Will you bring your other brands here?
We come at this from two angles: acquisitions and developing our own brands. There’s Kimpton, a luxury boutique US brand we acquired about three years ago, which is going to be very attractive for the region. We also recently acquired the Regent brand. It was founded in Asia and has tremendous heritage as a luxury offering. 

We also launched Avid last year in the US. It’s a midscale brand that sits slightly below Holiday Inn Express. And we have Even, an upscale brand positioned around health and wellbeing. And there’s another new upscale brand that will launch soon [Ed’s note: IHG announced the launch of Voco last week].

We don’t have a pipeline for those five brands but we’ve had interest here and with the right owners and locations these could all bring a real richness to the region and an opportunity to keep expanding.

The Holiday Inn Dubai Festival City is the brand’s largest in the UAE

There’s been a squeeze on rates. How are you dealing with that?
There’s a period of adjusting to a new norm. We can all see what’s happened with the oil price and the adjustments that happened as a result. However, hotels have a lengthy lifespan and the industry has proved itself to be very resilient. So there will be adjustments in markets but it’s important to take a long-term view and that’s exactly what we’re doing.

There’s also been more competition in the F&B sector. How are you coping with this?
It’s an important part of the business. We have a dedicated resource in the region to support hotels in evolving their concepts to ensure that they are positioned correctly.

It also helps them to keep evolving how to operate and promote those restaurants as efficiently and effectively as possible. We can’t change how a market develops – and markets will always develop. We’re focused instead on how we drive the best possible performance for our owners within the market.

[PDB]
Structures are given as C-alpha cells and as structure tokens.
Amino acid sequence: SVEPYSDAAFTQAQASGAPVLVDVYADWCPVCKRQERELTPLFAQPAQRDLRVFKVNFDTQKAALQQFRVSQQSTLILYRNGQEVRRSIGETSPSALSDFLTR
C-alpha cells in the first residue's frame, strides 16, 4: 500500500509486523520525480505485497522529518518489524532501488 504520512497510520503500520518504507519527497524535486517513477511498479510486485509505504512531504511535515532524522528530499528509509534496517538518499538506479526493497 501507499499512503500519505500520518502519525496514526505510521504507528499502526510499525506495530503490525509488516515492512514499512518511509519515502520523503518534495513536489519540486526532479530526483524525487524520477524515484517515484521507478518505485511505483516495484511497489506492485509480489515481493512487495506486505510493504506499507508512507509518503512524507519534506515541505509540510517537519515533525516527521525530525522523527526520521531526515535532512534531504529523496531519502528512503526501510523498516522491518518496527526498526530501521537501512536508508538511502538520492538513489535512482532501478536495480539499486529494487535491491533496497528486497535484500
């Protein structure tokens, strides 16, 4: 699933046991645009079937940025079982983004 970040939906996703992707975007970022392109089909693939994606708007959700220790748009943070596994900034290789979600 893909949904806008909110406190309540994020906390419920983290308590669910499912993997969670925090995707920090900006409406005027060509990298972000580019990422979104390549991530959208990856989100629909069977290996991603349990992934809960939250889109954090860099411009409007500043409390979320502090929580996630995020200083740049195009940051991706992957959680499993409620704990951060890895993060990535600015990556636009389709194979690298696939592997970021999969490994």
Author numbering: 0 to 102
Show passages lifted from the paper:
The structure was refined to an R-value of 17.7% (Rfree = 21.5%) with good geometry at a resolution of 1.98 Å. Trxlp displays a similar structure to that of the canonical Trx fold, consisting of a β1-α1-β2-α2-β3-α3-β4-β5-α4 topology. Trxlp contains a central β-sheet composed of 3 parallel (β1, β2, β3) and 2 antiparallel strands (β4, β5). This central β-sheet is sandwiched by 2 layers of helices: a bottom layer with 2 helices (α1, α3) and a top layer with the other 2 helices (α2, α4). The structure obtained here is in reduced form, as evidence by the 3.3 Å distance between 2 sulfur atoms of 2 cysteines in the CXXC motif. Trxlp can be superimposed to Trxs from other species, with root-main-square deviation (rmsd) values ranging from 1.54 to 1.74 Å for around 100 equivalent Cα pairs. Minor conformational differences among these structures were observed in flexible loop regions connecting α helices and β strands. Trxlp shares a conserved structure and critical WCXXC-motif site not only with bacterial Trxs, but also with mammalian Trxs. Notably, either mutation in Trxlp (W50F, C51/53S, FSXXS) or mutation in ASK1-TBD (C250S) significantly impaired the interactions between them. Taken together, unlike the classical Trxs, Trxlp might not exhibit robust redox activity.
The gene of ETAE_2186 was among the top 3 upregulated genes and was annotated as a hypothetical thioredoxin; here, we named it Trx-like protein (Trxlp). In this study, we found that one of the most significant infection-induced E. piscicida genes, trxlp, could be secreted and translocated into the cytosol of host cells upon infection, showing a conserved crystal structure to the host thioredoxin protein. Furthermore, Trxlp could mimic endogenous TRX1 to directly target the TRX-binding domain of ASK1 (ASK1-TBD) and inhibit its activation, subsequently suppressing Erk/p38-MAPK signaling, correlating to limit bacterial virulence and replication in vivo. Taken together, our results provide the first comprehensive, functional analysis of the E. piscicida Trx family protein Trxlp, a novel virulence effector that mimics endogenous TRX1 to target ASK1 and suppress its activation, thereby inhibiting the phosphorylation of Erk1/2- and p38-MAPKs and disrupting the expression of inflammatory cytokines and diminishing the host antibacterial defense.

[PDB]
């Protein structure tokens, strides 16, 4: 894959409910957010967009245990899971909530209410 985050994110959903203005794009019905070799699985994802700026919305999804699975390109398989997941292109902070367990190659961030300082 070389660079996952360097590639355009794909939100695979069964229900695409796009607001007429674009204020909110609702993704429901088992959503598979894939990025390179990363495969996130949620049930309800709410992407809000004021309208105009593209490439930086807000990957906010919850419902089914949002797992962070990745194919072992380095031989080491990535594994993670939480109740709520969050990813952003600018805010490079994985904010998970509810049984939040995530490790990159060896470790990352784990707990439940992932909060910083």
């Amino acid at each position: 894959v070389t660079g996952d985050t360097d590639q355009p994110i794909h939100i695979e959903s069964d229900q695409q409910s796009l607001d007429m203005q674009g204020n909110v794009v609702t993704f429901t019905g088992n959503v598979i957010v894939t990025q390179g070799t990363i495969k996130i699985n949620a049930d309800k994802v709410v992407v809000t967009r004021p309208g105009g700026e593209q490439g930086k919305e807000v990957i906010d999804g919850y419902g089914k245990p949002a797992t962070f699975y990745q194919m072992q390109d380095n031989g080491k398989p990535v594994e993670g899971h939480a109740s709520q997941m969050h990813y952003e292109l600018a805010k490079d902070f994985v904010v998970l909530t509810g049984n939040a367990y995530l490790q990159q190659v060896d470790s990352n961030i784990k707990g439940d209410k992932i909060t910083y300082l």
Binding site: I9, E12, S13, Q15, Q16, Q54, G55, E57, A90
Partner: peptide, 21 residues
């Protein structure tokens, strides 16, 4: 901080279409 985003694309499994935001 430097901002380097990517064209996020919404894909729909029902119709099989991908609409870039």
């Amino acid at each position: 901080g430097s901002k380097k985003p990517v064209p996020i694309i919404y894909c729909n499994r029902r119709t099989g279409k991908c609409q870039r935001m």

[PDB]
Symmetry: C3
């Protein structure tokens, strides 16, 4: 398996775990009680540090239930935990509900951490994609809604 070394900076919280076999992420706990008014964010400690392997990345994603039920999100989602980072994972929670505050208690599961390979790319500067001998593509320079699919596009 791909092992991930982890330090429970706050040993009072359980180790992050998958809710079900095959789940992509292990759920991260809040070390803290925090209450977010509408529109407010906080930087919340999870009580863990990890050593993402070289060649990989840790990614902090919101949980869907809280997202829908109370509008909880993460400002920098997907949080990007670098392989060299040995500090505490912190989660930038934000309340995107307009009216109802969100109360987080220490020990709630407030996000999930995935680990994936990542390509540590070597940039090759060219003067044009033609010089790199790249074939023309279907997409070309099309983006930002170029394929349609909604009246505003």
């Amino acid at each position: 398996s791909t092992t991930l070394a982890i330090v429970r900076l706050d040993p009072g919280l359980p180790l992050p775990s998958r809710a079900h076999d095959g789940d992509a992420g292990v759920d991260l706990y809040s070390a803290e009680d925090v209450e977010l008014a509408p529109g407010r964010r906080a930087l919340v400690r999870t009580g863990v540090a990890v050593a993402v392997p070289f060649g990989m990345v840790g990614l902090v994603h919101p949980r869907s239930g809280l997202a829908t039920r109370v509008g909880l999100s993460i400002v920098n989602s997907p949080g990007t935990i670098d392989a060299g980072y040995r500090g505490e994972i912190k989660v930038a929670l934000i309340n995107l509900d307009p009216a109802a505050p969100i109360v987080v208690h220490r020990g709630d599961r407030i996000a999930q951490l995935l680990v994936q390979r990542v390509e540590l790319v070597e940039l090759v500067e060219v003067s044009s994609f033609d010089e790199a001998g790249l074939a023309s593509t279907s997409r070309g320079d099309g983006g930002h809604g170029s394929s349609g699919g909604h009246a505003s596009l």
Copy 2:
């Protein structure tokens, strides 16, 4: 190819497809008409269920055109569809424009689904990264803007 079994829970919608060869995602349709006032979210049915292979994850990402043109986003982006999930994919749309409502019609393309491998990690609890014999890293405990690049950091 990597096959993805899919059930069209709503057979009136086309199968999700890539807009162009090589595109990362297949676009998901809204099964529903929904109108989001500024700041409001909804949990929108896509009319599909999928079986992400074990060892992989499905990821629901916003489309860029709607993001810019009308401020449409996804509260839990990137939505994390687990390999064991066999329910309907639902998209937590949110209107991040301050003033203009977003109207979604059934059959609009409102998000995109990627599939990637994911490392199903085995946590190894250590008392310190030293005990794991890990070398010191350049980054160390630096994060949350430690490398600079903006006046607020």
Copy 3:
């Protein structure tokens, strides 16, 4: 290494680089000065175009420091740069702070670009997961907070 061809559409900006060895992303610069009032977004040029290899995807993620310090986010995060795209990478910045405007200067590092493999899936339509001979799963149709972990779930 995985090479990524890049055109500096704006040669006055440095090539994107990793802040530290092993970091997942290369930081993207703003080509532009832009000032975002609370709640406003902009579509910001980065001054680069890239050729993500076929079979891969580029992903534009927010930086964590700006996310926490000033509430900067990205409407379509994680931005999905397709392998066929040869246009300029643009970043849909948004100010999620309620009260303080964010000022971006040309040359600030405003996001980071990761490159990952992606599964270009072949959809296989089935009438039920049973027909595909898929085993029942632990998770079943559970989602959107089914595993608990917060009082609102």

What’s your strategy for Saudi Arabia?
We are the largest international operator with 31 hotels and we’ve eight more in the pipeline, so it is a significant part of our business. The KSA vision for 2030 is creating more investor confidence and you can see the opportunities and the growth that will come with them as they look to reshape the economy and develop new attractions.

We view it very positively and are looking to partner with our existing owners and new owners to support this development. You look at the population of Saudi Arabia and you’ve already got the domestic numbers to drive significant growth. And the other thing about Saudi is the outbound market to places like Europe, so having an established set of brands in the country supports us on capturing those travellers when they go elsewhere. Inbound tourism will depend on what happens with the visa rules.

The Hotel Indigo brand is pitched at the millennial traveller

How is technology playing a role in the development of the customer experience?
We’re making considerable investments in how guests book via web and mobile. We’ve put a lot of focus into developing our enterprise platforms that you can book through and how they work in terms of user experience. The result is that 76 percent of global revenue is now generated by our own systems and tools.

Does that mean the end of you paying commissions to travel agencies?